When gold was discovered in the Wind River Valley, numerous mining camps, including South Pass City, Atlantic City, and Miner’s Delight were established in what became known as the Sweetwater Mining District.
On May 4, 1870, First Lieutenant Charles B. Stambaugh was shot from his horse by a band of warriors as he was helping defend a party of freighters. As a tribute to him, another sub-post was established about eight miles north of the Sweetwater River between Atlantic City and the Oregon-California Trail in June 1870.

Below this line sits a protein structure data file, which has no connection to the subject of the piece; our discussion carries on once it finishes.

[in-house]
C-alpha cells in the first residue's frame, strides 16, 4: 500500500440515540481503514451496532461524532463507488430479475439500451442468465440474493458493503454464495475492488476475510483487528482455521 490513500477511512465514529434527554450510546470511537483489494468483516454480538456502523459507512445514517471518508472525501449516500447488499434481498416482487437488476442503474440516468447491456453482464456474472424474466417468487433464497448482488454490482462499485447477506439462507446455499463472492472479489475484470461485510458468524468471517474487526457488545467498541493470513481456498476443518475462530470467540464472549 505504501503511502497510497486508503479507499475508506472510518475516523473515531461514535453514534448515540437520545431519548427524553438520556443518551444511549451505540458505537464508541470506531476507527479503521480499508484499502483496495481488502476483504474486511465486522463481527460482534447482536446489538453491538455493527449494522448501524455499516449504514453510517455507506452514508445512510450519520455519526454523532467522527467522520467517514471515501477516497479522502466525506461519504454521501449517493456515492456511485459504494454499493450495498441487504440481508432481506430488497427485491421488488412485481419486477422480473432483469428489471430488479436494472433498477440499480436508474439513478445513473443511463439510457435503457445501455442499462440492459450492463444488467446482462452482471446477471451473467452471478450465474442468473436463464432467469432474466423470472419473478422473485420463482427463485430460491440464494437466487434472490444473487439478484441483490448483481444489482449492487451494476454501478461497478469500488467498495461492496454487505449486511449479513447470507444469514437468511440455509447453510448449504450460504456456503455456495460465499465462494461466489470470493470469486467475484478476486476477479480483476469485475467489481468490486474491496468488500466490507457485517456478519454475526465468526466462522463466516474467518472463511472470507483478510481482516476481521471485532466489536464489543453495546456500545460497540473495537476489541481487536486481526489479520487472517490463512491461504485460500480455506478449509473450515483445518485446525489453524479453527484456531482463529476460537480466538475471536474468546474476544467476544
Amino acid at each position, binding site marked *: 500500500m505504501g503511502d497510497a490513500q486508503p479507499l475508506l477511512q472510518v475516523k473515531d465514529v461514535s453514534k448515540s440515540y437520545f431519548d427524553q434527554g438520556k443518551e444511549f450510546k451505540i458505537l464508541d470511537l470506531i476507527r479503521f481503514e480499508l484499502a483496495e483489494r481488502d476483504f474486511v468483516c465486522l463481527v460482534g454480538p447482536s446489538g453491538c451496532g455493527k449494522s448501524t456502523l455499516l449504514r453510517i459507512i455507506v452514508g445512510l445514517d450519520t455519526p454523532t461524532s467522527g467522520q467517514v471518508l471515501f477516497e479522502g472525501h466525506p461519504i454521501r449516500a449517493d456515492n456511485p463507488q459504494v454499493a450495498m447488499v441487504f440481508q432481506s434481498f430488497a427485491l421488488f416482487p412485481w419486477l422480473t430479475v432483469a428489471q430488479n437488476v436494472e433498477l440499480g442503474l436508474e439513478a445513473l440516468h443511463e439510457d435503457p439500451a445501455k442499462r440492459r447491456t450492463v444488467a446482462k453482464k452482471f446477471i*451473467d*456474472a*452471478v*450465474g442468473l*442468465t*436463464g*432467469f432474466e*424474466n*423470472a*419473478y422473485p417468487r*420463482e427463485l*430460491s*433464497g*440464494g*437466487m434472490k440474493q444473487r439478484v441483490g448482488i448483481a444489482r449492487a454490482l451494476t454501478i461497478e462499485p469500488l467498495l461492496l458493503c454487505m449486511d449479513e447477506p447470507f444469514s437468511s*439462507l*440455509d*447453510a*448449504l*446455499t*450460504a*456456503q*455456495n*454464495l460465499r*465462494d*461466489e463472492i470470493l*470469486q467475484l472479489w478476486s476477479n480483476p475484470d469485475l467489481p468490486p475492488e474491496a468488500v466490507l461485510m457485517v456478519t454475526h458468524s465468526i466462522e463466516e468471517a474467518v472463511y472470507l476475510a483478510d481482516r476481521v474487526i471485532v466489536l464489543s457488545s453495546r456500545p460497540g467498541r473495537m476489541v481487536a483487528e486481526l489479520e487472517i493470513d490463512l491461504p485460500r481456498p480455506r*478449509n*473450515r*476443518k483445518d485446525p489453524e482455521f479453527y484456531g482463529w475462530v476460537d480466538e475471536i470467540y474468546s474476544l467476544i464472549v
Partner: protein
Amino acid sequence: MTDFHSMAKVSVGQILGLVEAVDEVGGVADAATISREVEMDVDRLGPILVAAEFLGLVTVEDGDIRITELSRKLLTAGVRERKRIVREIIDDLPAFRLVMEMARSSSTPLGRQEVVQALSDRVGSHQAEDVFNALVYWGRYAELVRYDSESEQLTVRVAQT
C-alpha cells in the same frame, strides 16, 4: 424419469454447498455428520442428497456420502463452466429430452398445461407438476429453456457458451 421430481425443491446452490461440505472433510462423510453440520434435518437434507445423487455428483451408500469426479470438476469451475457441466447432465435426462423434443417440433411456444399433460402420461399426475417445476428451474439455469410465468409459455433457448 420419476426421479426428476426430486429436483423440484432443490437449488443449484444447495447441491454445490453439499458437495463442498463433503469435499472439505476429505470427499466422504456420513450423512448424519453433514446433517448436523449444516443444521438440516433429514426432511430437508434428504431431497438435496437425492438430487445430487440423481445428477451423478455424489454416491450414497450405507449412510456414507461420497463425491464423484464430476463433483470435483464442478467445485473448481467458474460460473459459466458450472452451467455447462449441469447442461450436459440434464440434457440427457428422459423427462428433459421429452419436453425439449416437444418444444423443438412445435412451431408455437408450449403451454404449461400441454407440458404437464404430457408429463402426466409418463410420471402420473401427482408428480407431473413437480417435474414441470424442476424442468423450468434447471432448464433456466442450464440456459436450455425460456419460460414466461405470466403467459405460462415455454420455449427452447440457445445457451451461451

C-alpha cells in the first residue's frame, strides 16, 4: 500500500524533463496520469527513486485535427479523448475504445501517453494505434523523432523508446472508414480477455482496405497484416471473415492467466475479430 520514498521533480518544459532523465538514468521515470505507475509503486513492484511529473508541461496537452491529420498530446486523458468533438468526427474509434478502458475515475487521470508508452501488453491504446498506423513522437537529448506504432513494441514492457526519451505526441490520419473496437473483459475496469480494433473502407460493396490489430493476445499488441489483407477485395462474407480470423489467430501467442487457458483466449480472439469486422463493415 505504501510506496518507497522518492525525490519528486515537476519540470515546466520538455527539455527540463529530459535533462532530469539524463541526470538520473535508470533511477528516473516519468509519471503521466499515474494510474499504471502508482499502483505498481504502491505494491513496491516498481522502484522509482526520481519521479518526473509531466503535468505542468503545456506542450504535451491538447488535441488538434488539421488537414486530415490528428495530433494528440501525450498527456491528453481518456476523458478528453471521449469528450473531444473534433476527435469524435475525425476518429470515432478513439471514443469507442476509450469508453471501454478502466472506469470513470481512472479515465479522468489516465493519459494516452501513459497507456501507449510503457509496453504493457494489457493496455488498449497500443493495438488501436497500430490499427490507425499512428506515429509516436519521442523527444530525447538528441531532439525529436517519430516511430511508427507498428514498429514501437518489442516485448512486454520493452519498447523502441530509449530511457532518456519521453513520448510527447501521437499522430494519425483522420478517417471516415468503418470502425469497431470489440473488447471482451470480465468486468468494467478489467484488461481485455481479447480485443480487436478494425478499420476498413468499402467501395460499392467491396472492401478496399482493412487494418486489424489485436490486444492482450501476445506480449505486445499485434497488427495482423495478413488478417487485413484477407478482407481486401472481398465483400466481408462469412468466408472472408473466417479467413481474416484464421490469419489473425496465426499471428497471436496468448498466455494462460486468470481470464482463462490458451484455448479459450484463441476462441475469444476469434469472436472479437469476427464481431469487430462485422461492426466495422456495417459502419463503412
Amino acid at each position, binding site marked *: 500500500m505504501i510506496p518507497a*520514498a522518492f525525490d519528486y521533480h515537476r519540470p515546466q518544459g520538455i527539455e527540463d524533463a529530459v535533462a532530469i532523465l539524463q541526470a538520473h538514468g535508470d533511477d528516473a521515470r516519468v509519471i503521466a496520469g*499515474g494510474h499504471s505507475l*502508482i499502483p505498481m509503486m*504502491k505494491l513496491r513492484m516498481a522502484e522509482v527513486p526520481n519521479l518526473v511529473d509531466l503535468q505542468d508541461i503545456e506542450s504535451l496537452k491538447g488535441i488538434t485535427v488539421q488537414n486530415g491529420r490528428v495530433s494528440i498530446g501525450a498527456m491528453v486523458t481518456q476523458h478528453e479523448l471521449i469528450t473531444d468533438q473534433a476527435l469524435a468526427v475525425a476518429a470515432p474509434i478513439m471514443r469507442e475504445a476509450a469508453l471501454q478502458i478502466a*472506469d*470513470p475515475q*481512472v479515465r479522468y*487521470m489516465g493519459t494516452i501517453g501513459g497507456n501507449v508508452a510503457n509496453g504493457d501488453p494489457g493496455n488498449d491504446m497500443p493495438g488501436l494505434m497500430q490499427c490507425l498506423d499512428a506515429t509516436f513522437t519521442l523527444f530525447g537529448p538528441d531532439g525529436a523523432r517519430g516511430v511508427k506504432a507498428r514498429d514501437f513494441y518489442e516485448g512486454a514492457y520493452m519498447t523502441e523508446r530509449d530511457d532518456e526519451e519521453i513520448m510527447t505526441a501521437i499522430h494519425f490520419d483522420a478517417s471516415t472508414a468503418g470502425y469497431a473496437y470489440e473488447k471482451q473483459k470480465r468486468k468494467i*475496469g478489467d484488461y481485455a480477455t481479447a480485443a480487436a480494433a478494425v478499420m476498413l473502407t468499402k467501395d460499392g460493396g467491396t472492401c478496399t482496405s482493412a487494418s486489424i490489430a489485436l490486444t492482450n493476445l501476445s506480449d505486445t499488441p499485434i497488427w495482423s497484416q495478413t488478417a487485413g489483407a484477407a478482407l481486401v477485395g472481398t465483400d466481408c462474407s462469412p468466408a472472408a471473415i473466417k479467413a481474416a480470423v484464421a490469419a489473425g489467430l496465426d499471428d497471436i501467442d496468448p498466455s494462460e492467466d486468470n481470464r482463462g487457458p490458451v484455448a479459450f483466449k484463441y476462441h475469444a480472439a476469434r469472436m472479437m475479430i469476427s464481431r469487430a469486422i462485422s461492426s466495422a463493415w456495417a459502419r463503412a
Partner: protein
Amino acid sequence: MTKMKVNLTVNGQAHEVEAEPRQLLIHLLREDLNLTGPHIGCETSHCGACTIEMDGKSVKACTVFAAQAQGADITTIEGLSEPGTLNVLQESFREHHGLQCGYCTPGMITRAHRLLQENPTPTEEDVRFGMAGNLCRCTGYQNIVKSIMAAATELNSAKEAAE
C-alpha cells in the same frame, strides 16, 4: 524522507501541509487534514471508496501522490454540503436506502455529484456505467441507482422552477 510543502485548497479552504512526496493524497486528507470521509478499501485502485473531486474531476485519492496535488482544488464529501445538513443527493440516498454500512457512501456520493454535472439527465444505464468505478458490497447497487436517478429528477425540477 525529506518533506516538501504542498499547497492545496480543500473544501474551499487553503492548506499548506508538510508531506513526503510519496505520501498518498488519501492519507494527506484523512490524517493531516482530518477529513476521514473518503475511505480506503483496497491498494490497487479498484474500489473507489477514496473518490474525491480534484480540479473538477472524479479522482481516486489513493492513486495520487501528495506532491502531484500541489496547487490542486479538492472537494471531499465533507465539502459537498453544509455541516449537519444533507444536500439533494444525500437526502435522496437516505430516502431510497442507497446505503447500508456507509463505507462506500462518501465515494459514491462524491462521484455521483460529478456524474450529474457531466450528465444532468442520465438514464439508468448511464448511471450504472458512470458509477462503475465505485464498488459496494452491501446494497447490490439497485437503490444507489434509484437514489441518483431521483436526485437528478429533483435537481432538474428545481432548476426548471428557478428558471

Established by Major James S. Brisbin and the 2nd U.S. Cavalry, it was first called Camp Stambaugh. A few months later it became a permanent post and was renamed, Fort Stambaugh. Eight years later, when the mines were beginning to close, people were leaving the area and the Indian hostilities had decreased. The fort was abandoned on August 17, 1878, and was transferred to the Interior Department in May 1881. Today, all that’s left of the fort is a historic marker near South Pass City, Wyoming.
By Kathy Weiser-Alexander, updated April 2020.